This is the Gradius power-up system, and I absolutely love it. I also absolutely hate it because it makes the game so hard. Imagine taking the time to strategically build up a powerful Vic Viper (that's the name of your ship), only to die and have to start all over. Of course, building up that powerful Vic Viper again a second time is a lot harder now because you're farther along in the game and are stuck with a ship that's too slow to avoid enemy fire, much less collect power-ups.
Don't get me wrong, Gradius faithfulls. I'm not criticizing the weapon system. It actually turns out that even with a crappy ship, you can work your way through the stages. You just have to adjust your game. And you have to be patient and prepared to die a lot.
The WiiWare entry in the series takes care of those who die a lot, as well as those who consider themselves Vic Viper virtuosos. In addition to five difficulty settings (including two below the normal setting), you can set your lives to between 1 and 7 and adjust the point totals required for getting a new life. Plus, you have infinite continues, so the lives don't really mean all that much. When you get tired of playing, you can quit without worries, as the game lets you select your starting stage from the title screen, right down to your choice of midway point!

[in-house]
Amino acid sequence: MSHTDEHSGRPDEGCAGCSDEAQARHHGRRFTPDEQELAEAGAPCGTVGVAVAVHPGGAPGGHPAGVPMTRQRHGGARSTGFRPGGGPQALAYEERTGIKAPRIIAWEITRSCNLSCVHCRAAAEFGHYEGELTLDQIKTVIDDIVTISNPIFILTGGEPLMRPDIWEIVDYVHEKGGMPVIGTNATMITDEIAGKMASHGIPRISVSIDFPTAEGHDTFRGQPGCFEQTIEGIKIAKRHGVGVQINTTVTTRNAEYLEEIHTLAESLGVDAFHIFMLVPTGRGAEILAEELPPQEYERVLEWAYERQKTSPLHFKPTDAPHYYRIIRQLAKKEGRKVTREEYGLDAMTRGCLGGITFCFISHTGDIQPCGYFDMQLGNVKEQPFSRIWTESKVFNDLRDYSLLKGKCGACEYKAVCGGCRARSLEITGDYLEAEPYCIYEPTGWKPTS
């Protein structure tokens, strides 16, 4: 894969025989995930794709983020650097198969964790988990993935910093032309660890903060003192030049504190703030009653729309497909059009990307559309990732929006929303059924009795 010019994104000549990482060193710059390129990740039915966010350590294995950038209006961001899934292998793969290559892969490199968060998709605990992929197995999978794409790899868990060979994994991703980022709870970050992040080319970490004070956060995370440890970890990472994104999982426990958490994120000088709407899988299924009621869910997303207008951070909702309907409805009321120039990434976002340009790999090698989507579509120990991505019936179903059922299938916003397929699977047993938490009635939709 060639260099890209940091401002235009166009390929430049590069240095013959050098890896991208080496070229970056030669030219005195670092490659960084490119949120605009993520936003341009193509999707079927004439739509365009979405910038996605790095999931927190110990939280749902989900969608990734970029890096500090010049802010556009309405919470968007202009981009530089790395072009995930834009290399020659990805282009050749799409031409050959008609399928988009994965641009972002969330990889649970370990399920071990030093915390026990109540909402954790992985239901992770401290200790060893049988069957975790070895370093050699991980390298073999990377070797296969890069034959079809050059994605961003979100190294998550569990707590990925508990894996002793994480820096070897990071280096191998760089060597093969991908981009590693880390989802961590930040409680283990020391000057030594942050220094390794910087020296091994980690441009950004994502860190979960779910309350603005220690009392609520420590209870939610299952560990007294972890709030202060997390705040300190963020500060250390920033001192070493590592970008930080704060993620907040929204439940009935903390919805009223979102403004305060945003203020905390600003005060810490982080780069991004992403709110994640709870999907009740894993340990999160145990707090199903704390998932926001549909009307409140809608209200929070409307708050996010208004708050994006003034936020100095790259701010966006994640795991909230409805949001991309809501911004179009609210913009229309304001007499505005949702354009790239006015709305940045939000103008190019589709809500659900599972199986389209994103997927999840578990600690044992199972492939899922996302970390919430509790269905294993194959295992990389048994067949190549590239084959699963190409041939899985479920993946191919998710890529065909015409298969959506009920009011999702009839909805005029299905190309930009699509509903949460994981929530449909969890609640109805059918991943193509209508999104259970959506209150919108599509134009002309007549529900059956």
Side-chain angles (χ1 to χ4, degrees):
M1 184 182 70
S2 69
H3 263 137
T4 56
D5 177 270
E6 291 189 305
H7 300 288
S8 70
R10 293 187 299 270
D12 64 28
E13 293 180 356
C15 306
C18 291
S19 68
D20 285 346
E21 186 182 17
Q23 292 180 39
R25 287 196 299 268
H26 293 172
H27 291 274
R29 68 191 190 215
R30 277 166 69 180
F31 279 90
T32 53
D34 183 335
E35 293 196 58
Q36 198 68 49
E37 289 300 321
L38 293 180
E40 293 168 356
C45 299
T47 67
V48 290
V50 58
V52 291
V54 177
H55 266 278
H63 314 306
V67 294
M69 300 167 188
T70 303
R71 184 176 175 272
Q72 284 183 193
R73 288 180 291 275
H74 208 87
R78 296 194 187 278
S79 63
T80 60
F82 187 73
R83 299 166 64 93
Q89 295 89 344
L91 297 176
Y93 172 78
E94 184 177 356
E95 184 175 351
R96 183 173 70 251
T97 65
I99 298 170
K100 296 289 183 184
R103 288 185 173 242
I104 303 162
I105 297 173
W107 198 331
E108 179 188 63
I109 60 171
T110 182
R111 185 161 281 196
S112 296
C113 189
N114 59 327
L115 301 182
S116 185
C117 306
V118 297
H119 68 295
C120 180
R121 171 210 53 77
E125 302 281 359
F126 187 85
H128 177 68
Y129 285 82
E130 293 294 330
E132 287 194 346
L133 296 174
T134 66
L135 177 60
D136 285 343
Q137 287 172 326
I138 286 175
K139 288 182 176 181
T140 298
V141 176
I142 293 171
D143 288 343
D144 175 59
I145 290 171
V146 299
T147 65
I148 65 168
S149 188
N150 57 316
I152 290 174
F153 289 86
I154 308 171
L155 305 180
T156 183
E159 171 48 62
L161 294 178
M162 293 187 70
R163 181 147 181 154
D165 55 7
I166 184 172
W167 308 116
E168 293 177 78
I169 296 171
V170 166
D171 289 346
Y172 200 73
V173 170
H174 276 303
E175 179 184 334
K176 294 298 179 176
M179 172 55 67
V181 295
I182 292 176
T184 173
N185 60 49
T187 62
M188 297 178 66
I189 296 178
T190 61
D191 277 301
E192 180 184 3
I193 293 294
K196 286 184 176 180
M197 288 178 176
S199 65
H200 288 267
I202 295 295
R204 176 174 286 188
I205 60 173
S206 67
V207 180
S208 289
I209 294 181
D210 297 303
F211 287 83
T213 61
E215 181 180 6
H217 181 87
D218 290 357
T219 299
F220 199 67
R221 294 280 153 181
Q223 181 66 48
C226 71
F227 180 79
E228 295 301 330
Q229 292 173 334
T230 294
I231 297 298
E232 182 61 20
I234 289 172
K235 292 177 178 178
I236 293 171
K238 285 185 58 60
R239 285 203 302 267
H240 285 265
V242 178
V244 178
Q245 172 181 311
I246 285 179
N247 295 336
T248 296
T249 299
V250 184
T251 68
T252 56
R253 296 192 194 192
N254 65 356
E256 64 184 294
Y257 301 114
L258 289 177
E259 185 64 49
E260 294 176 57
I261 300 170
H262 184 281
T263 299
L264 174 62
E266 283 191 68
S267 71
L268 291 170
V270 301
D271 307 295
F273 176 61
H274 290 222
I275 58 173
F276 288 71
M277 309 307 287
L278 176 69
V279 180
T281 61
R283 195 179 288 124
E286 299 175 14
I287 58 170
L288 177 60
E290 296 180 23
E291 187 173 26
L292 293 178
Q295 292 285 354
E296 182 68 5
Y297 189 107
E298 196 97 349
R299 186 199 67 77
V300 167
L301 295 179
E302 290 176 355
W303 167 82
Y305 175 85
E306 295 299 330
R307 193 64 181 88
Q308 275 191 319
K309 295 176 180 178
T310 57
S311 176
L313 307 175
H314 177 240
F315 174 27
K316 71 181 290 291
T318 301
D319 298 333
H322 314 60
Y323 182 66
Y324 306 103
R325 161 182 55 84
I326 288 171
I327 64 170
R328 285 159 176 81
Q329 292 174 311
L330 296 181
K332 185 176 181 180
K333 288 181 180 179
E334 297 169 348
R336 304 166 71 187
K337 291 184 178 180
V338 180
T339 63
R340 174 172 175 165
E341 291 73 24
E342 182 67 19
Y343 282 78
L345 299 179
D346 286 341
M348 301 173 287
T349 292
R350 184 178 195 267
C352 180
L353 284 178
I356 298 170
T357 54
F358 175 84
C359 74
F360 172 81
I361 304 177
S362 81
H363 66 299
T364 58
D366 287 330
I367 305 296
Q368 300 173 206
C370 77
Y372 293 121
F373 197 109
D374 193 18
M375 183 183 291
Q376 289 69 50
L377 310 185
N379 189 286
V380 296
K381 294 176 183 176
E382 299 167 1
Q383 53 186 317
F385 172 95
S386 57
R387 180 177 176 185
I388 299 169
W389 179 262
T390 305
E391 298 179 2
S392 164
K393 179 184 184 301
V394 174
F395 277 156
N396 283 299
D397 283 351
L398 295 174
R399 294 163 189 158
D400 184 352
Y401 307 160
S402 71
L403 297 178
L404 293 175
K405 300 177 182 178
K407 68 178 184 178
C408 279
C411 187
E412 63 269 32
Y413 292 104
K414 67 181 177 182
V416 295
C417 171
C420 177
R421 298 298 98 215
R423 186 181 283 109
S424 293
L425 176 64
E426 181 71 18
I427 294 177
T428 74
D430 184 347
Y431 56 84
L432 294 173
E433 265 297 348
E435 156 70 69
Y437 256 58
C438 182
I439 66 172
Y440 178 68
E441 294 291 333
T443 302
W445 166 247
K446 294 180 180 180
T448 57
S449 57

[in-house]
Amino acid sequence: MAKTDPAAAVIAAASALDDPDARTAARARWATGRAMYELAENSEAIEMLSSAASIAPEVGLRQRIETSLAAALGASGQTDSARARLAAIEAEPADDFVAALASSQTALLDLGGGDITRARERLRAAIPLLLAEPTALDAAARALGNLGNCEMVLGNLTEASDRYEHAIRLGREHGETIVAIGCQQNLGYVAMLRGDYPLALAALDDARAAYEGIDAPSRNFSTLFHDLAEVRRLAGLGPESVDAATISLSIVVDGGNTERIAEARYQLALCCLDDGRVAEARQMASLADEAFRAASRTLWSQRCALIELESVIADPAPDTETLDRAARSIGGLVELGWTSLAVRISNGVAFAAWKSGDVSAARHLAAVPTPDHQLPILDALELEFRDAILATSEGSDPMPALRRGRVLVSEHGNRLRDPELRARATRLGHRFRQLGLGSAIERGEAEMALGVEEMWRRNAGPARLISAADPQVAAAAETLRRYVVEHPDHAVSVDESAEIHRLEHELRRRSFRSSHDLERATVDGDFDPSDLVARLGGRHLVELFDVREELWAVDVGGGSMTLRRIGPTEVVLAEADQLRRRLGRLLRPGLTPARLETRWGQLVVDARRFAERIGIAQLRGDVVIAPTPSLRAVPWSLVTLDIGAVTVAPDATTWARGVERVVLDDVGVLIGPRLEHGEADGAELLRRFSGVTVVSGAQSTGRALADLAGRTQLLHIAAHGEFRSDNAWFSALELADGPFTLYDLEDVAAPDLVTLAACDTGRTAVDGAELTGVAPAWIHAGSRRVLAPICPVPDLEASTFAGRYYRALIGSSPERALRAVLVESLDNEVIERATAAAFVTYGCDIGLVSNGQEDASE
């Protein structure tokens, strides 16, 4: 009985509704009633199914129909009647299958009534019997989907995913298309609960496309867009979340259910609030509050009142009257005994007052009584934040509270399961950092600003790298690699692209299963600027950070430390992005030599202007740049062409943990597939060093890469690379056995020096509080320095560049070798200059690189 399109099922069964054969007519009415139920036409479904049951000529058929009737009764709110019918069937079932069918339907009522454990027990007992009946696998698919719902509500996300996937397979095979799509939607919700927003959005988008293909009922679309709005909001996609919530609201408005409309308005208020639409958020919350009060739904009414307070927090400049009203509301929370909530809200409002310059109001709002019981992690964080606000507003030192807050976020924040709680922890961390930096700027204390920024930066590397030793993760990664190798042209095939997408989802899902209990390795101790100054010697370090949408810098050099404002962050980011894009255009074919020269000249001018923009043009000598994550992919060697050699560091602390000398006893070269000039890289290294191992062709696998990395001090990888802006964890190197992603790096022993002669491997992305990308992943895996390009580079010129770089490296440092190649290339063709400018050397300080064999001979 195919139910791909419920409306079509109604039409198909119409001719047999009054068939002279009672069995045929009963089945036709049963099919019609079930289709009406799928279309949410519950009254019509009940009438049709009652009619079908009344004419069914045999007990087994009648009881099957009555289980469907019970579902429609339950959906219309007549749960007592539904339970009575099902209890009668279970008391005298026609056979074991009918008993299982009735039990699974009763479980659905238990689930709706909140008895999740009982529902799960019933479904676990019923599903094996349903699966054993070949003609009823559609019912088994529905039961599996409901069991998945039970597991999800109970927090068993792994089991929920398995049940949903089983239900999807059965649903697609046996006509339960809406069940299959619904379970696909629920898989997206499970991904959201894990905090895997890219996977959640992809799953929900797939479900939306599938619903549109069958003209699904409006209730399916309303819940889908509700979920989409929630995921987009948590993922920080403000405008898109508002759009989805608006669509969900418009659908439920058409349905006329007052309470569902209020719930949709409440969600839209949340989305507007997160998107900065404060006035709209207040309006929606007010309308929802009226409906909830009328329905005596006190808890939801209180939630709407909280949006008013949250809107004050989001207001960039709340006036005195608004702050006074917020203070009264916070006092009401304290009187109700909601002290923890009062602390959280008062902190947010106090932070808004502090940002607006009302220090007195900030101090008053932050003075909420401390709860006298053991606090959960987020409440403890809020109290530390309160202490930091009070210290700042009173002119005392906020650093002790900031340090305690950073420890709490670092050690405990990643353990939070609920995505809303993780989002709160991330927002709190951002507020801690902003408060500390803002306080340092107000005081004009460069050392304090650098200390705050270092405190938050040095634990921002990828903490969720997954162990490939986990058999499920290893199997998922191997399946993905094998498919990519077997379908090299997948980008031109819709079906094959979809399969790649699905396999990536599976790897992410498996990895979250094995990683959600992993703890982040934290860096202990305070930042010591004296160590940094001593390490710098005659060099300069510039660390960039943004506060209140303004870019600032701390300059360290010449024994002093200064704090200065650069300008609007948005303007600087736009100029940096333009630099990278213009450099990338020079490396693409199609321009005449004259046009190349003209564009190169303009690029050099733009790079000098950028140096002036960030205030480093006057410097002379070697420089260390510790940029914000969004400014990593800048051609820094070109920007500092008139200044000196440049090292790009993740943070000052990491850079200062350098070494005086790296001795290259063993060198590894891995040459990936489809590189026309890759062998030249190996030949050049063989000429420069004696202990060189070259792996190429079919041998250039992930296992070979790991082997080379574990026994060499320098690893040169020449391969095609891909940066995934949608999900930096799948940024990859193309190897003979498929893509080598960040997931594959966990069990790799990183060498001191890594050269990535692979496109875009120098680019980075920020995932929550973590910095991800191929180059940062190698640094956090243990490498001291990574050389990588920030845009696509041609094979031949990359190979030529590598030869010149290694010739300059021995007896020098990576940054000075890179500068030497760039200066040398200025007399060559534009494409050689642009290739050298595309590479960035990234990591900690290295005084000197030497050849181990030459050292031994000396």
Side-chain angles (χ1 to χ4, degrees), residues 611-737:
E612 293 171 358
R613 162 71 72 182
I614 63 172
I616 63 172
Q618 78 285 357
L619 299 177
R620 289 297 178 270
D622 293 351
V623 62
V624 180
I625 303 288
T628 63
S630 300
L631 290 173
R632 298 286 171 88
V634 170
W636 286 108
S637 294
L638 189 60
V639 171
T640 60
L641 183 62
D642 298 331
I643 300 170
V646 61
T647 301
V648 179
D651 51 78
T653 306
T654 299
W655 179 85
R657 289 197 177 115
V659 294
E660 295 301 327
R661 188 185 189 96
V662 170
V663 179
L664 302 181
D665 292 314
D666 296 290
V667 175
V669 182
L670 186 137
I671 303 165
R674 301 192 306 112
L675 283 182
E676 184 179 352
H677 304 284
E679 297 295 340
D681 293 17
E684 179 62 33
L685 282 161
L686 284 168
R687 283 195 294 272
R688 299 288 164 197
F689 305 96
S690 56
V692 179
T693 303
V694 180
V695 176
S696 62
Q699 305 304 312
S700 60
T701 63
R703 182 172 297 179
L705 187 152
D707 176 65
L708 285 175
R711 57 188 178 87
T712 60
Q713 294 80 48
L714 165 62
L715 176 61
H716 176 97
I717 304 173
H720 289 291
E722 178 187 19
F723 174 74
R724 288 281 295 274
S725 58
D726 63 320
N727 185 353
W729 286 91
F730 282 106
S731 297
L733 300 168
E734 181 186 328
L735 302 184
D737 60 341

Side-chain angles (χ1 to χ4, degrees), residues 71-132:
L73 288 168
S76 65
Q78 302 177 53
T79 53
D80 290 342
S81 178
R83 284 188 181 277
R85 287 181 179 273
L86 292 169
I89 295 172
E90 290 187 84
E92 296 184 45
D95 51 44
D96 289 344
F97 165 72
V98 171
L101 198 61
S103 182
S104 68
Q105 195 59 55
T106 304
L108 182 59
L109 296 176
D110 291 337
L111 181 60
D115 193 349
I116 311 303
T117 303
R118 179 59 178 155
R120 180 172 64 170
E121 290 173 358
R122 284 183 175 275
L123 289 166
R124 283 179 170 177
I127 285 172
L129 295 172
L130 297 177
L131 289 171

Other options available in the options menu include screen and HUD positioning, an option for zooming the screen in, which lets you shrink the game screen down to 50% the size of your monitor, and a bunch of controller options. You can select between Wiimote, Classic Controller, Nunchuck, or GameCube controller. I personally select Classic Controller and plug this in:
Jealous? You're jealous.
You can assign individual buttons to power up, shot, missile, and rapid shot. This means you can separate missile and shot, although the default is for the two to be together so your ship automatically outputs missiles as you fire standard shots.
The full customization also means that you can play the game one handed with the nunchuck. It actually somewhat works, if you map power-up to C and shot or rapid shot to Z. I'm not sure if I'd control the game like this, though, unless I've got a hot chick next to me and I want to show her I care by putting my arm around her.